Mocking CoreBluetooth

CoreBluetooth is the native iOS framework to communicate with Bluetooth-enabled Low Power (LE) devices, except iBeacons (which require CoreLocation) and HomeKit devices. It is easy to start with, if one is familiar with Bluetooth LE and GATT. However, physical devices are required on both ends, as the simulator does not support Bluetooth technology. This requirement causes 2 problems. Bluetooth-enabled apps are difficult to test, due to the need of physical devices. Apple explicitly forbids extending and altering the default behavior of CoreBluetooth classes:

Don’t subclass any of the classes of the Core Bluetooth framework. Overriding these classes isn’t supported and results in undefined behavior.

The second issue is with taking screenshots. AppStore requires screenshots taken on the largest and most expensive phones and tables, so unless you have them this task may cause you lots of troubles, like it did for us. Besides, common frameworks, like fastlane, are usually used on a simulator, where screenshots are taken during the process of automatic testing. This works fine for most apps, but with Bluetooth, an additional layer that separates the Bluetooth API from the app is required to provide mock devices.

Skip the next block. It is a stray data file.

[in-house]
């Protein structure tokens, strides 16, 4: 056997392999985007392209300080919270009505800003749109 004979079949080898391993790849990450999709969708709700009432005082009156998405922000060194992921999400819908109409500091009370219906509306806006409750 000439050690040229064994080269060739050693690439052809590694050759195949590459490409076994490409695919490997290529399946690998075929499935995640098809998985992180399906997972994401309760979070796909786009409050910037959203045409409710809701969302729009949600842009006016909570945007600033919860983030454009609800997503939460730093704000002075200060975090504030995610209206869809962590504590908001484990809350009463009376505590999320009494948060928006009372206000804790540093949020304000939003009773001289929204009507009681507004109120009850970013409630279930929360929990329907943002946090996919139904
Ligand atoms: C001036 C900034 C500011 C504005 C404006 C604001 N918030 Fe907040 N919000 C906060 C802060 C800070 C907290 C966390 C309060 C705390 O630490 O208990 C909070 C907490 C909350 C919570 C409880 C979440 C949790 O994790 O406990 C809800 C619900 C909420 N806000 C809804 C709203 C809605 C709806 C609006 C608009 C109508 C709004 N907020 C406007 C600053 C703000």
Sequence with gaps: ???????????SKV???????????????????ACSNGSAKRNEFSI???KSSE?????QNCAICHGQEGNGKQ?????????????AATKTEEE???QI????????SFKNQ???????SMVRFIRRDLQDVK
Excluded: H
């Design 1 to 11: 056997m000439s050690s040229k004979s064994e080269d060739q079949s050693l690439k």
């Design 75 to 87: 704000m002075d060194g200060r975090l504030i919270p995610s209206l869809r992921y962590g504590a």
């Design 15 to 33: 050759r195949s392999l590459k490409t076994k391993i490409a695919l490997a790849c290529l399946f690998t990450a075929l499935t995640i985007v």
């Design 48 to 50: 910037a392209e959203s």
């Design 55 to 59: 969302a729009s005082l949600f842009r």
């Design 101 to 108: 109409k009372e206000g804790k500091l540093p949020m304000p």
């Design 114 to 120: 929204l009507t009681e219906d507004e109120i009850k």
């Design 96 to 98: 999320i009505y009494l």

Core Bluetooth Mock

With this in mind, we created the CoreBluetoothMock framework. The library is very easy to add even to large applications, requires almost no code refactoring and provides a simple API for mocking peripherals.


There are some minor limitations, that may be solved in the future. The current version, 0.13.0, supports only the central manager. Connection events, L2CAP channels, connection options and ANCS features are not supported. Please check the release log here for the current set of features. Also, it is written in Swift and any support for Objective-C has not been tested.

How to start

If you can live with the limitations, all you need to do, is:

  1. Add the library to your project (CocoaPods, Carthage or Swift Package Manager),
  2. Copy CoreBluetoothTypeAliases.swift to your project,
  3. Remove import CoreBluetooth from all classes that use Bluetooth.